Scapa turns 16
First a 12 year old, then a 14 year old, Scapa is now being released as a 16 year old. A gap in production has forced its owners to release increasingly older stocks of whisky while its young stocks continue to mature.
A whisky producer has a few options when dealing with gaps in production like this. Chivas Brothers, the owners of Scapa, have chosen the most honest and direct route (which I applaud): increase the age statement.
They could have just been bottling Scapa as a 12 year old all these years. People don’t like change, and changing the age statement (and packaging) involves a certain degree of risk on Chivas’ part. That’s why Ardbeg 17 year old remained being sold as a 17 year old even after the actual age of the whisky inside the bottle was well into its 20s. A whisky producer is allowed to put a younger age statement on the label, just not an older age statement. (This practice also occurs in the American whiskey industry, by the way.)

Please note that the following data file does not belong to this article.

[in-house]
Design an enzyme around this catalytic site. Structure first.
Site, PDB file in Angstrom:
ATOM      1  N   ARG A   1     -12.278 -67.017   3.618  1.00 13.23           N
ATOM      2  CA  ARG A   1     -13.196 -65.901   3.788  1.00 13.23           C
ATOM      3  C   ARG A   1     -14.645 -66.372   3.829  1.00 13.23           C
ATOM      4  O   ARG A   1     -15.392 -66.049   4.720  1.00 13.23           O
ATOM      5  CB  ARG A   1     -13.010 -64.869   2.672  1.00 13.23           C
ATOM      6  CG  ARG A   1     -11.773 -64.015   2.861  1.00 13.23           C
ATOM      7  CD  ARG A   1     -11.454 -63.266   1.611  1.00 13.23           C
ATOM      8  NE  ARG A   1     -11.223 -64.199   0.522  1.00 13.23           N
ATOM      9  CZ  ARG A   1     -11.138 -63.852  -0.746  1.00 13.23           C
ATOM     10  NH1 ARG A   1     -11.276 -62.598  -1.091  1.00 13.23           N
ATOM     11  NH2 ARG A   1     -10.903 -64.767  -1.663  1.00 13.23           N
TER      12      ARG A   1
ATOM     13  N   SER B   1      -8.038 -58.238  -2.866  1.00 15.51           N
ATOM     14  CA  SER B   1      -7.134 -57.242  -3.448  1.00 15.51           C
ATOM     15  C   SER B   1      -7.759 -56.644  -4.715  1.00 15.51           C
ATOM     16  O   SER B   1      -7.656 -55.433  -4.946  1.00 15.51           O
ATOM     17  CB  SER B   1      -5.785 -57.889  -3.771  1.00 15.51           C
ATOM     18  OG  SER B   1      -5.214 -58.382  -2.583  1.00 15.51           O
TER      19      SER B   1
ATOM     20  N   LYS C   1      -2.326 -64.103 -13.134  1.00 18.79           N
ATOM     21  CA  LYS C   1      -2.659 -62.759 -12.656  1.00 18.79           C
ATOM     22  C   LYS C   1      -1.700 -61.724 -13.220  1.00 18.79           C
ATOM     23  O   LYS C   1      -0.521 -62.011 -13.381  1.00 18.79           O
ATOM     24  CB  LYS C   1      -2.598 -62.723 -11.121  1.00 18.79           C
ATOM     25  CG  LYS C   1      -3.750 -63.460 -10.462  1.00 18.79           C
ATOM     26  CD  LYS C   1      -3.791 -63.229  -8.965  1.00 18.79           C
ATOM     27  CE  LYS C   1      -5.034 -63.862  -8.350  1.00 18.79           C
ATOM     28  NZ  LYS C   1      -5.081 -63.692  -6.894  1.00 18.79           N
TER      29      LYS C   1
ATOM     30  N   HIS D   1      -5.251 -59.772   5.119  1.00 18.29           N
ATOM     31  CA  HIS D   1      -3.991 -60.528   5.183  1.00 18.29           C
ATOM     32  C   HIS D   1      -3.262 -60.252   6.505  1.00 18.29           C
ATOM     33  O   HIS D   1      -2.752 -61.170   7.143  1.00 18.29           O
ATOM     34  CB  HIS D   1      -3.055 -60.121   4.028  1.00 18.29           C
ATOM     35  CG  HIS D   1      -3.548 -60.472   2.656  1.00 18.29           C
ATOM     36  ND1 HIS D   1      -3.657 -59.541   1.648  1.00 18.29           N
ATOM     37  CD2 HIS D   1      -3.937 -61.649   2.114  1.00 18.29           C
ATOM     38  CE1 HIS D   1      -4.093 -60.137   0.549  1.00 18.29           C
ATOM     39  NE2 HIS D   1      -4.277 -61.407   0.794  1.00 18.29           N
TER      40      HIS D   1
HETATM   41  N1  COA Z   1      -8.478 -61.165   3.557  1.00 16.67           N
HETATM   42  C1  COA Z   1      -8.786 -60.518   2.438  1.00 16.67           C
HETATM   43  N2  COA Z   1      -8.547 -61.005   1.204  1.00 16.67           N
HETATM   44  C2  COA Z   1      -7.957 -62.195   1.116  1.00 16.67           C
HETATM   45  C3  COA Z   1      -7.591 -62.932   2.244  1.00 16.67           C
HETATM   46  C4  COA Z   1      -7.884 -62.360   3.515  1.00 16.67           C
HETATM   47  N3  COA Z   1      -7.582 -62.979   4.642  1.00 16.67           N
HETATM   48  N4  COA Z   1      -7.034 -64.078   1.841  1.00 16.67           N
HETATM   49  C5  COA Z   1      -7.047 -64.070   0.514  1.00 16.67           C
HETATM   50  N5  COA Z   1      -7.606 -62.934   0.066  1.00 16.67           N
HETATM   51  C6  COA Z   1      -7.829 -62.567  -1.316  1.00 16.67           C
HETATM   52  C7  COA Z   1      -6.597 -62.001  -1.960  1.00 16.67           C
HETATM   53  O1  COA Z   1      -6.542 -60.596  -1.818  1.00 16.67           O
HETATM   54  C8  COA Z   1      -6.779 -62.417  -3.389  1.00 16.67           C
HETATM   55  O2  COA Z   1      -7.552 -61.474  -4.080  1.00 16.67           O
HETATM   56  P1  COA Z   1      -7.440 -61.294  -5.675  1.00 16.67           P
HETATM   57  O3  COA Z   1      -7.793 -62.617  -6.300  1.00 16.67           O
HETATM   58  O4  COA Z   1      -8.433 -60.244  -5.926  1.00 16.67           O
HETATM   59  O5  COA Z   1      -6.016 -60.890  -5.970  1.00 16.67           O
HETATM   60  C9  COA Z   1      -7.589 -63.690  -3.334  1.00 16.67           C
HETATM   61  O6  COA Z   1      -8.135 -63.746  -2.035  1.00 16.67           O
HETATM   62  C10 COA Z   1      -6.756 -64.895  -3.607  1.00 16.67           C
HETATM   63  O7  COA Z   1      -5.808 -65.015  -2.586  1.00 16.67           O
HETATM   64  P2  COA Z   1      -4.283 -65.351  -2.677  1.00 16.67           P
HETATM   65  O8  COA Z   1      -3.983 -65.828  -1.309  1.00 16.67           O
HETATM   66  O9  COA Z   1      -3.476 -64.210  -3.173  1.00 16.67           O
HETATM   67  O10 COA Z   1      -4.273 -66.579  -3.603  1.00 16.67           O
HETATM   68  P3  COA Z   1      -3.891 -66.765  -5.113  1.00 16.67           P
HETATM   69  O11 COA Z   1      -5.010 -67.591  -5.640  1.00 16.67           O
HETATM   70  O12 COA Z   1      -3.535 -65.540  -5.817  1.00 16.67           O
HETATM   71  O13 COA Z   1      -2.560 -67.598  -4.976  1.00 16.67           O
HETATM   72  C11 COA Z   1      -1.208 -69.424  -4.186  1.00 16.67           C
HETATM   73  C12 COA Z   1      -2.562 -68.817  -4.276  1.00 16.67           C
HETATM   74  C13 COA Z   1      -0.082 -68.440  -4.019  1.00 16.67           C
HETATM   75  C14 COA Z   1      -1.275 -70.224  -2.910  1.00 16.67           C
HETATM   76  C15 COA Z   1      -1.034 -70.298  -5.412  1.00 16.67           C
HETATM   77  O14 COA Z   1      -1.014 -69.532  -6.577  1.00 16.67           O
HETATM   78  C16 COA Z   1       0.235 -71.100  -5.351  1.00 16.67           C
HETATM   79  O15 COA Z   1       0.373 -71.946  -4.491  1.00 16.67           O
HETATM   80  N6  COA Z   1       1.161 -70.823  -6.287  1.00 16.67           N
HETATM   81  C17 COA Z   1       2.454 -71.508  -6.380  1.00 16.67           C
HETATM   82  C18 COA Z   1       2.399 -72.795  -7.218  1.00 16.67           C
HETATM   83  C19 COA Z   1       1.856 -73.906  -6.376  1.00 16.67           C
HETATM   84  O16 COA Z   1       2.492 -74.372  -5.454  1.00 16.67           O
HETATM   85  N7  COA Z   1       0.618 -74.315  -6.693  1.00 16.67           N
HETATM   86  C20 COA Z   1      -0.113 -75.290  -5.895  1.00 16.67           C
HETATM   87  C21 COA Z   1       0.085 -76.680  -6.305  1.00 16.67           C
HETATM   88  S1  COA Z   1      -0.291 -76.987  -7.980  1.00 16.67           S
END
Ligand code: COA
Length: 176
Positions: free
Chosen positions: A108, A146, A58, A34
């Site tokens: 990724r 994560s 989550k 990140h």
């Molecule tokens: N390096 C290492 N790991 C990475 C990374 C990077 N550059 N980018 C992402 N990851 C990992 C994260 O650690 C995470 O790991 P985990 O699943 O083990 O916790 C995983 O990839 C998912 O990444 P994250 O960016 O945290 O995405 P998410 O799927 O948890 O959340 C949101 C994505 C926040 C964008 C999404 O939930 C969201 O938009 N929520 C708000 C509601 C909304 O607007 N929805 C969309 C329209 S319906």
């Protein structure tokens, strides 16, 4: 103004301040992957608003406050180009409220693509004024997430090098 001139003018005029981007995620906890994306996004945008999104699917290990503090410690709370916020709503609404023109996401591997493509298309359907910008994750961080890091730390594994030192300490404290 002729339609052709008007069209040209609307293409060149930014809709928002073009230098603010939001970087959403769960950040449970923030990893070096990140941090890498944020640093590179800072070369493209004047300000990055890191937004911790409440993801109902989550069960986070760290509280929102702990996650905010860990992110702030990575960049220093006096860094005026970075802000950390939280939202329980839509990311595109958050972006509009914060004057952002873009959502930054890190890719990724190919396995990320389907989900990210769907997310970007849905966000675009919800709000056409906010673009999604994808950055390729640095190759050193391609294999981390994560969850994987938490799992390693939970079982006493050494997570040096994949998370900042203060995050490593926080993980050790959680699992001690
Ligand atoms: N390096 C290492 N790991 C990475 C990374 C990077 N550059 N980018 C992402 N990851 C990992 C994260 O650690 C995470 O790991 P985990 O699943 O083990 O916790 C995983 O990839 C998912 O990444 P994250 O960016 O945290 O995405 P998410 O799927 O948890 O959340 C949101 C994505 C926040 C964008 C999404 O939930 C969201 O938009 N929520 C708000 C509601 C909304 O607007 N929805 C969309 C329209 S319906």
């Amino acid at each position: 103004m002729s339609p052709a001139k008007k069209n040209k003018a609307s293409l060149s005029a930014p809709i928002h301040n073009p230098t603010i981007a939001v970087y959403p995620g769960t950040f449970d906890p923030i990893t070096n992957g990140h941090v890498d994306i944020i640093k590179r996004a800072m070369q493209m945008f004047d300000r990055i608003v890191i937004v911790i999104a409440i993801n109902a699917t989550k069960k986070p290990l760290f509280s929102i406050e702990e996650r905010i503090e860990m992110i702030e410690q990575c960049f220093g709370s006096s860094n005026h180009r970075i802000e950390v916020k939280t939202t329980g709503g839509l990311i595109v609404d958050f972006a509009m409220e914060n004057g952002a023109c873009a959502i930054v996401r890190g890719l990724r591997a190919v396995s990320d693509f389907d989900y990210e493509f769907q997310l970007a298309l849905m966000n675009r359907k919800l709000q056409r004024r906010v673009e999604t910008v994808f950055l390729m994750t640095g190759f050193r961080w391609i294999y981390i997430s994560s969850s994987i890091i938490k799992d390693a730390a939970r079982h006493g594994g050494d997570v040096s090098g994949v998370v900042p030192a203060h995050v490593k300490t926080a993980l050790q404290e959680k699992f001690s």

Another option that Scapa will have in the future is to combine young Scapa with old Scapa, take the age statement off of the product, and give it a name instead. (Hey, we could have a contest on what to call it! Any suggestions?) This is occurring a lot in the industry now too.
According to a write-up in Talking Retail, Scapa 16 yr. old is being released this month in several markets (UK, US, France, Scandinavia, and Travel Retail) for about $100.